For a few weeks I’ve been working on this insanely long post about sleep training — how to do it, when to do it, tips and tricks and if it’s right for you and your family.
But I’m going to trash it.
Not to say that I’m against it by any means — we did it with our little guy and continue to do it as he grows — but it’s a very personal decision, especially for new parents.
We chose to do it at three months with T-man because I was going back to work and we wanted to make sure there was sleep happening in this house. And guess what? It worked. I went back to work when he was 3.5 months old and he was sleeping through the night, sans one early morning feeding. It was great. I was feeling fabulous with 6 solid hours of sleep (who knew?) and he was getting the sleep he needed to grow and develop.
Another reason why I feel it’s not worth it is because there are so many books and theories out there to begin with. Not saying that I’m reinventing the wheel with this because we followed the “cry it out” method courtesy of the Sleep Nazi (that’s what we called our sleep consultant because she was akin to the Soup Nazi and in our own minds she was very likely a daughter of someone in the Stasi…. but I digress….). However, after following the Sleep Nazi’s instructions, researching on my own (yes, I did this after we used her because I’m like that), I can recommend books and sites I think are worth looking into.
Healthy Sleep Habits, Happy Child by Marc Weissbluth, MD: This book is awesome. Out of the handful of books I’ve flipped through and actually purchased, this is my favorite on so many levels. I think the biggest reason why I love this book so much is because his approach is flexible for the parent in that there are not too many hard and fast rules. This may also make it more difficult for a new parent or one that needs hard and fast rules to follow, but I feel his ranges and variations on methods make it more manageable in learning how to promote sleep in your child. The other great thing is that it’s a book that you can continue to reference because he takes you well into toddler-hood. The other reason why I love this is because the approach is more scientific vs. theoretical.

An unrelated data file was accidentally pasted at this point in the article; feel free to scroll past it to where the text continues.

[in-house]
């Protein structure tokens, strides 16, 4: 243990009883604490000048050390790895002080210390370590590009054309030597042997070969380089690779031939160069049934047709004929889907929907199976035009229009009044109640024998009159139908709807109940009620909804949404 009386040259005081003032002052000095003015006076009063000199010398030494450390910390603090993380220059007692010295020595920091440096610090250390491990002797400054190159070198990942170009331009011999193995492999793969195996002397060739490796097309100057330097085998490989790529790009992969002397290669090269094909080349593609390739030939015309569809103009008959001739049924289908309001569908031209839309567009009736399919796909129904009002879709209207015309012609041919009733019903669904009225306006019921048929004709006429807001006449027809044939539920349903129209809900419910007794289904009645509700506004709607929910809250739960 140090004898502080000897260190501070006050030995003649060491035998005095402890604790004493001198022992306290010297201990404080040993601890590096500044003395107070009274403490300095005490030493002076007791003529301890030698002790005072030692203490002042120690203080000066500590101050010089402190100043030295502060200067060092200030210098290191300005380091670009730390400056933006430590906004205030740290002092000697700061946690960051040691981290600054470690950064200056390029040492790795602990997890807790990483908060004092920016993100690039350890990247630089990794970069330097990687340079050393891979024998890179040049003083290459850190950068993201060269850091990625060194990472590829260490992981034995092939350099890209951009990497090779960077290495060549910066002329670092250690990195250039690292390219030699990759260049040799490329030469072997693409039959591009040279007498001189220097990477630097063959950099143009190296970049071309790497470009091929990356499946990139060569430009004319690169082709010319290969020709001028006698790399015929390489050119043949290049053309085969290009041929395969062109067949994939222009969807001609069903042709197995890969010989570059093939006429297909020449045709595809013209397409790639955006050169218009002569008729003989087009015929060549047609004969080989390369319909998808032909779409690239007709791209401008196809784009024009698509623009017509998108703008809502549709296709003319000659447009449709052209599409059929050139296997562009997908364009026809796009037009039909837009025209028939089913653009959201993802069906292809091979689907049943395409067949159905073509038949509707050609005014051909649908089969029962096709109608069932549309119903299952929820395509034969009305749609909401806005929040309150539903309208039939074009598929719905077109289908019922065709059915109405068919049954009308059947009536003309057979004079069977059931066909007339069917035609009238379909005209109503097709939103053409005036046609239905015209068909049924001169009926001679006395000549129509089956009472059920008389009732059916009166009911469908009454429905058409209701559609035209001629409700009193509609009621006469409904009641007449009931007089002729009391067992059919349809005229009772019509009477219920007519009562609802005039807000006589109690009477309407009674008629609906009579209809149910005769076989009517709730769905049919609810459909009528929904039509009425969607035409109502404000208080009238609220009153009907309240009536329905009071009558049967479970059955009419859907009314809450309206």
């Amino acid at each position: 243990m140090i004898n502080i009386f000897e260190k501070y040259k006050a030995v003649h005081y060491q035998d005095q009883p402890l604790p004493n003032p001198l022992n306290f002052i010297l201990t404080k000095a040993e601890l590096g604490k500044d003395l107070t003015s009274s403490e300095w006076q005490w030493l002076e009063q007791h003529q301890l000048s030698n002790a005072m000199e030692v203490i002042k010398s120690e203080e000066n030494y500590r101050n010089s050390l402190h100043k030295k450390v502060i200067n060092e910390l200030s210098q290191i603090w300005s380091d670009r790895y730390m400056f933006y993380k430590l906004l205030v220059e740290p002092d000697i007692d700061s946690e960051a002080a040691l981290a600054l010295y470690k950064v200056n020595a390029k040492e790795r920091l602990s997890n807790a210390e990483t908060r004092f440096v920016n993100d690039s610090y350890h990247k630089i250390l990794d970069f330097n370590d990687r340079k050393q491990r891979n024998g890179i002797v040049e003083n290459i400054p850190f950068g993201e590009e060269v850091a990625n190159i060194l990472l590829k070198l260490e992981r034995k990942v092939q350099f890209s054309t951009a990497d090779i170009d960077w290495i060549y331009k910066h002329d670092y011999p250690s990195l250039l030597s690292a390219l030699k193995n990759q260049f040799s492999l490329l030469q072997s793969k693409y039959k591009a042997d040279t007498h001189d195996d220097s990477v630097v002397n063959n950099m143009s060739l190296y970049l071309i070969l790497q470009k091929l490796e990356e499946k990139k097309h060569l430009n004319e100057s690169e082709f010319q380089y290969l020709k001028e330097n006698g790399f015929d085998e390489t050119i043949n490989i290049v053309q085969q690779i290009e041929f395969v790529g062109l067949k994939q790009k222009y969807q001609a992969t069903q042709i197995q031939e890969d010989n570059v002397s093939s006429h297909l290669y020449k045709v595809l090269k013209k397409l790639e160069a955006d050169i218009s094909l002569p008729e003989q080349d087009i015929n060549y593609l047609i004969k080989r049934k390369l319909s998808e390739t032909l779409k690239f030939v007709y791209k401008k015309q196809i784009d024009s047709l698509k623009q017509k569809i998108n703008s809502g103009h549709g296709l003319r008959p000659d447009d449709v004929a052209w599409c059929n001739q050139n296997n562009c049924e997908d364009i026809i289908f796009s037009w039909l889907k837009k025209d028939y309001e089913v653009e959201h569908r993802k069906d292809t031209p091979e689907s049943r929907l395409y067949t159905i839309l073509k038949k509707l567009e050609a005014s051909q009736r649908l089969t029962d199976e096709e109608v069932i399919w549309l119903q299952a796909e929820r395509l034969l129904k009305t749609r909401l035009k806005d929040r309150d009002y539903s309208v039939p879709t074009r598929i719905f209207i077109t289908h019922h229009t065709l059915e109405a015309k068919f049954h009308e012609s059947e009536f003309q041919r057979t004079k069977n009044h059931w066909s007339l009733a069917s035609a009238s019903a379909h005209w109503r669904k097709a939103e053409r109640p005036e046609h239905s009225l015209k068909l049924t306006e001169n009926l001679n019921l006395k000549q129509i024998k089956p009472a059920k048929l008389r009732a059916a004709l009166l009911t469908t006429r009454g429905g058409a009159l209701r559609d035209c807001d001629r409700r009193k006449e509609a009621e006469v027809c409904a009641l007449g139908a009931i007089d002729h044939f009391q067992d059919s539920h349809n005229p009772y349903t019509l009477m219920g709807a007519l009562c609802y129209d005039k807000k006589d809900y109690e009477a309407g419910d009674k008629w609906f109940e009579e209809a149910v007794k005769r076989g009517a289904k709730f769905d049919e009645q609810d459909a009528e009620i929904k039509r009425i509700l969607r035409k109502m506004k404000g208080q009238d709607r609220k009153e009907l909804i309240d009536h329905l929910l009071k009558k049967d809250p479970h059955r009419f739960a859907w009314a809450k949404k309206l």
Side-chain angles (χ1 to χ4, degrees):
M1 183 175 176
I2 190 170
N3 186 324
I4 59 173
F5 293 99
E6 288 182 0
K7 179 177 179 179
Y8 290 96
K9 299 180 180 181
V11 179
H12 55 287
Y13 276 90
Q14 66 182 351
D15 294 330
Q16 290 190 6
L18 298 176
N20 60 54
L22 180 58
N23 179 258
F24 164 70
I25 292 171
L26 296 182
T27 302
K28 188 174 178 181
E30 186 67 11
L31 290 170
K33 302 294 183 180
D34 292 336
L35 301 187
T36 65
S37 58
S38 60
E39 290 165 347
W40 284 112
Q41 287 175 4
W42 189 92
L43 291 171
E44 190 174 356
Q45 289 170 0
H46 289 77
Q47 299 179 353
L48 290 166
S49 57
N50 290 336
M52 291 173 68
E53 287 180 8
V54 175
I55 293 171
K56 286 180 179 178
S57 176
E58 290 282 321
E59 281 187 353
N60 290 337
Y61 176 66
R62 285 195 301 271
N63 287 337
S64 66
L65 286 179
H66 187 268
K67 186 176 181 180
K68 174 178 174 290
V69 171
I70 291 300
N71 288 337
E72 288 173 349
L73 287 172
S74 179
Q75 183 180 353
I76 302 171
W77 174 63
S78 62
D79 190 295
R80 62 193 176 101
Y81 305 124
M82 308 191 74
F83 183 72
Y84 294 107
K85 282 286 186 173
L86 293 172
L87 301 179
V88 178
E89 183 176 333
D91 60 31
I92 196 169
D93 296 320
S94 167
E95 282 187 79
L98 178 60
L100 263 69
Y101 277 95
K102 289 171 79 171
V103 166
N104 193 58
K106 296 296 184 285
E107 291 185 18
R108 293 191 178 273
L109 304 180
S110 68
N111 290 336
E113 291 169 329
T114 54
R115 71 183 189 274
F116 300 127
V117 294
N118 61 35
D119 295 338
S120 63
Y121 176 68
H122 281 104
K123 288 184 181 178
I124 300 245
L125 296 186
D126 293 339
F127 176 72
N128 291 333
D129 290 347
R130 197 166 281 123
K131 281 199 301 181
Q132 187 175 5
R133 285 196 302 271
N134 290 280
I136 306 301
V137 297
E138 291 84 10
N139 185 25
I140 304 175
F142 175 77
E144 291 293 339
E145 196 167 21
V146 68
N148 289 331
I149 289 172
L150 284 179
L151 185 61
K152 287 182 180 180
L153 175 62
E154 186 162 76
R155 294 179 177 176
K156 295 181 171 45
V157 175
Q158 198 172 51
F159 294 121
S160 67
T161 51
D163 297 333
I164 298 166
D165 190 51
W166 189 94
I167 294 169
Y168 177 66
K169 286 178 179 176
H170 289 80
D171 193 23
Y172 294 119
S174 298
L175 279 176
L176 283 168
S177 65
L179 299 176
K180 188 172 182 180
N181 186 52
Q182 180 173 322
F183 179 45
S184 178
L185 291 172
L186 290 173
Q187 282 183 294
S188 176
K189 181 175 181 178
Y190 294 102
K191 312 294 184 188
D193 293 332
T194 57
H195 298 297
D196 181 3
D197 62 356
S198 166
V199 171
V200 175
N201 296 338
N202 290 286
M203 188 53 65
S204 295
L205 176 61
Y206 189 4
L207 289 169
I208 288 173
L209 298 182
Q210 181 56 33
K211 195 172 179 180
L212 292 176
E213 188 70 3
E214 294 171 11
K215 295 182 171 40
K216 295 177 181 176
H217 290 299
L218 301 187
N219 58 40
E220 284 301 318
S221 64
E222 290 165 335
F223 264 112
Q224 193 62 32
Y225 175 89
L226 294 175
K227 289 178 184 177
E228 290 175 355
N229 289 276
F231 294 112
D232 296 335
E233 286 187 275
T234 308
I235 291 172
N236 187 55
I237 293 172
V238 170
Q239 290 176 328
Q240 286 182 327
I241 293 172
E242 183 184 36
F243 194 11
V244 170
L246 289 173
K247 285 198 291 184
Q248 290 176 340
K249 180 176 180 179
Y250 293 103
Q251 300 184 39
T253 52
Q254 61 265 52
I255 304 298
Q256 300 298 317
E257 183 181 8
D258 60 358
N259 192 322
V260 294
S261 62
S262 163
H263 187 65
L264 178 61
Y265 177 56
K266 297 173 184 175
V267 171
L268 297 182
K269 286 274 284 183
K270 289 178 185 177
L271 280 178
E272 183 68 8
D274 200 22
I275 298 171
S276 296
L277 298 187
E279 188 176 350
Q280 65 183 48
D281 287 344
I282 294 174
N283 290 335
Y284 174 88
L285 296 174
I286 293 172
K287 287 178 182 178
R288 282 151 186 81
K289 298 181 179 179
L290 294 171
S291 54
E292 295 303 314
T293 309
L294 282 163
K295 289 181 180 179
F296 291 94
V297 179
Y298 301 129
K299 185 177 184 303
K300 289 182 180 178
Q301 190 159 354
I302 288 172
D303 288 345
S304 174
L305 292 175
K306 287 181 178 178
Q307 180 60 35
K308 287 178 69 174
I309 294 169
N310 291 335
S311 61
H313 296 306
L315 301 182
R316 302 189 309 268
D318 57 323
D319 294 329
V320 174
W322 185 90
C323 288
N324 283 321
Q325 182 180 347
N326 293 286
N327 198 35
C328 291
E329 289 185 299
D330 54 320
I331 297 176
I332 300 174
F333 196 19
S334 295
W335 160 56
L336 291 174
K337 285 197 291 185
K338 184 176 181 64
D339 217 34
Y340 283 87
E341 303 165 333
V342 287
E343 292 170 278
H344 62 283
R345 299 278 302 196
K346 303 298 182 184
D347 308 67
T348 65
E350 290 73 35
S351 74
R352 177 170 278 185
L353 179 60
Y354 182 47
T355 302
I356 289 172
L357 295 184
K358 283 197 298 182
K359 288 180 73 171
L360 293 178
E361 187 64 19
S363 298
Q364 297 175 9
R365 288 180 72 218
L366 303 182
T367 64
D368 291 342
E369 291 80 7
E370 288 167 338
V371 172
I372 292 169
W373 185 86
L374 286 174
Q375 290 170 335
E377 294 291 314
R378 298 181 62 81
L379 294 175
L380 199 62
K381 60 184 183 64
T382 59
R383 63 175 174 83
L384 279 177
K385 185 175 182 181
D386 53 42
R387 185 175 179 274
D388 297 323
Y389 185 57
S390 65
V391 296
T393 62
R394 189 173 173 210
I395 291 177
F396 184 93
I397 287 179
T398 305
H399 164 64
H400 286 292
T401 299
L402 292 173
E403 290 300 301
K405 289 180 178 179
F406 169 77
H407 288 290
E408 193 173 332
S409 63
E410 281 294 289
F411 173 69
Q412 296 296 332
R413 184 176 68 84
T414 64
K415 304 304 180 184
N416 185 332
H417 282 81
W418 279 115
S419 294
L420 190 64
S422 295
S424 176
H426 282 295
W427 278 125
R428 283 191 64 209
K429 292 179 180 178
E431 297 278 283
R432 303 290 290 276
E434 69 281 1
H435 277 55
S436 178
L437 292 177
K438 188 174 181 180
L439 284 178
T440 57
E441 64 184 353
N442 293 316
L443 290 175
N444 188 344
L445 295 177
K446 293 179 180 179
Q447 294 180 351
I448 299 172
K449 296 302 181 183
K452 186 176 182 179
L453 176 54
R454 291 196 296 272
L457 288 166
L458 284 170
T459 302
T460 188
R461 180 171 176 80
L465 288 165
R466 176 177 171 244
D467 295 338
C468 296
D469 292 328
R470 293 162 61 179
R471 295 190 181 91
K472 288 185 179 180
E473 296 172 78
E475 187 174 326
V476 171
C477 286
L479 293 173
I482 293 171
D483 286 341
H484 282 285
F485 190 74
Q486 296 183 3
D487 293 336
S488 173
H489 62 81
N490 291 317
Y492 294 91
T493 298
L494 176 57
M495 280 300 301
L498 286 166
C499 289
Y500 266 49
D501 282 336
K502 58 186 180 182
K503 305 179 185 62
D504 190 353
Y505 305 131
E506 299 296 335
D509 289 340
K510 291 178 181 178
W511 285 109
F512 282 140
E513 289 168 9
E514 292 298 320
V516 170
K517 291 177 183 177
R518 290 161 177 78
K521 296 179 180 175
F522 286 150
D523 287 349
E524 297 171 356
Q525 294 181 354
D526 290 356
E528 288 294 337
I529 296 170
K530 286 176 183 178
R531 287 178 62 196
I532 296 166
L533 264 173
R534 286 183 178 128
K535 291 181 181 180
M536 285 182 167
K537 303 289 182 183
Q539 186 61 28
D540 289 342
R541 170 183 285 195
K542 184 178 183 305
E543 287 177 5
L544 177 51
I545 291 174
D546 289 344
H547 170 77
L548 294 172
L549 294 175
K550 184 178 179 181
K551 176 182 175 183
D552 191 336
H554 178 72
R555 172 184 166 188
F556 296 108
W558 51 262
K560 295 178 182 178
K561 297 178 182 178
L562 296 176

Baby Wise: I’ve had a few friends use this method and it has totally worked for them — and it makes sense. It’s less “cry it out” and more about scheduling so the baby doesn’t really need to cry it out. While I do have this book, I didn’t really use it (but I did flip through it), however I think it’s worth giving a shout out to.
BabyCenter.com: This site is a great resource to get started on determining what is best for you and your style. One thing I learned from this site that babies will respond differently to various approaches as well. For example, if you choose the no tears approach and you’re not getting anywhere with it, your baby might actually respond well to the “cry it out” method. The site doesn’t promote one method over another, it just gives you information and where to go to get more info.
Since we hired a sleep consultant I would actually recommend against it. Save your money, figure out what approach suits your fancy and get a book. Alternatively find a pediatrician that specializes in sleep — this way all you’re doing is paying the co-pay when you need help. Also, if you have a friend who’s going through it at the same time (as I did), you can share each other’s pain (not saying that it’s painful, but getting started most certainly can be!) and victories. So buddy up if you can.
There you have it. And if you really want my notes on sleep training from the Sleep Nazi and more, just let me know and I’ll send it on over.